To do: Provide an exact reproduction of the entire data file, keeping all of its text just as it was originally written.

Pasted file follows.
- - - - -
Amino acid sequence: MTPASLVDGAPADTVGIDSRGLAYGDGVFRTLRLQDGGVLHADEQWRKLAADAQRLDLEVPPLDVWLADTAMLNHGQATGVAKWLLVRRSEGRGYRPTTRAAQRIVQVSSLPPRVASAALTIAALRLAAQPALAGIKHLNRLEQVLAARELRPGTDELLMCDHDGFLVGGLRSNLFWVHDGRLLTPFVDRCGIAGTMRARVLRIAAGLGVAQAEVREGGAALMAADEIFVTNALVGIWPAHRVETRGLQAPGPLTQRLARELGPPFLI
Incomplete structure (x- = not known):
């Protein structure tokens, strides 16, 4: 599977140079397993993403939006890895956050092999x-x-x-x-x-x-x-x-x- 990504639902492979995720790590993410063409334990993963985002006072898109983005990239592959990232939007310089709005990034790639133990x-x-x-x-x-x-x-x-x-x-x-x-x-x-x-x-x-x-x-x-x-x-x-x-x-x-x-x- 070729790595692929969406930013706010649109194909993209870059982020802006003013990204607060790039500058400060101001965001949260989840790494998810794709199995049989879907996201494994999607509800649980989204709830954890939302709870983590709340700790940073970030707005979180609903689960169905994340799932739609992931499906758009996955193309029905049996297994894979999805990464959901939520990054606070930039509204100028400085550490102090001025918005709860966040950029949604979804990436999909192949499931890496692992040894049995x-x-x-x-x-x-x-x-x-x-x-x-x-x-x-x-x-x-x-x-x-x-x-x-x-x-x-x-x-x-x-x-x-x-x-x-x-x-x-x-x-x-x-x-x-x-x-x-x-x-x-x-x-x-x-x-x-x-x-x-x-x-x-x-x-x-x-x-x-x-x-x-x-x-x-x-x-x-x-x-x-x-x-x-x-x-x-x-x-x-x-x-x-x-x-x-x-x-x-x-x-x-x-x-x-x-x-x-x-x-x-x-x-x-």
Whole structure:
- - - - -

Amino acid sequence: MTPASLVDGAPADTVGIDSRGLAYGDGVFRTLRLQDGGVLHADEQWRKLAADAQRLDLEVPPLDVWLADTAMLNHGQATGVAKWLLVRRSEGRGYRPTTRAAQRIVQVSSLPPRVASAALTIAALRLAAQPALAGIKHLNRLEQVLAARELRPGTDELLMCDHDGFLVGGLRSNLFWVHDGRLLTPFVDRCGIAGTMRARVLRIAAGLGVAQAEVREGGAALMAADEIFVTNALVGIWPAHRVETRGLQAPGPLTQRLARELGPPFLI
Incomplete structure (x- = not known):
């Protein structure tokens, strides 16, 4: 599977140079397993993403939006890895956050092999x-x-x-x-x-x-x-x-x- 990504639902492979995720790590993410063409334990993963985002006072898109983005990239592959990232939007310089709005990034790639133990x-x-x-x-x-x-x-x-x-x-x-x-x-x-x-x-x-x-x-x-x-x-x-x-x-x-x-x- 070729790595692929969406930013706010649109194909993209870059982020802006003013990204607060790039500058400060101001965001949260989840790494998810794709199995049989879907996201494994999607509800649980989204709830954890939302709870983590709340700790940073970030707005979180609903689960169905994340799932739609992931499906758009996955193309029905049996297994894979999805990464959901939520990054606070930039509204100028400085550490102090001025918005709860966040950029949604979804990436999909192949499931890496692992040894049995x-x-x-x-x-x-x-x-x-x-x-x-x-x-x-x-x-x-x-x-x-x-x-x-x-x-x-x-x-x-x-x-x-x-x-x-x-x-x-x-x-x-x-x-x-x-x-x-x-x-x-x-x-x-x-x-x-x-x-x-x-x-x-x-x-x-x-x-x-x-x-x-x-x-x-x-x-x-x-x-x-x-x-x-x-x-x-x-x-x-x-x-x-x-x-x-x-x-x-x-x-x-x-x-x-x-x-x-x-x-x-x-x-x-």
Whole structure: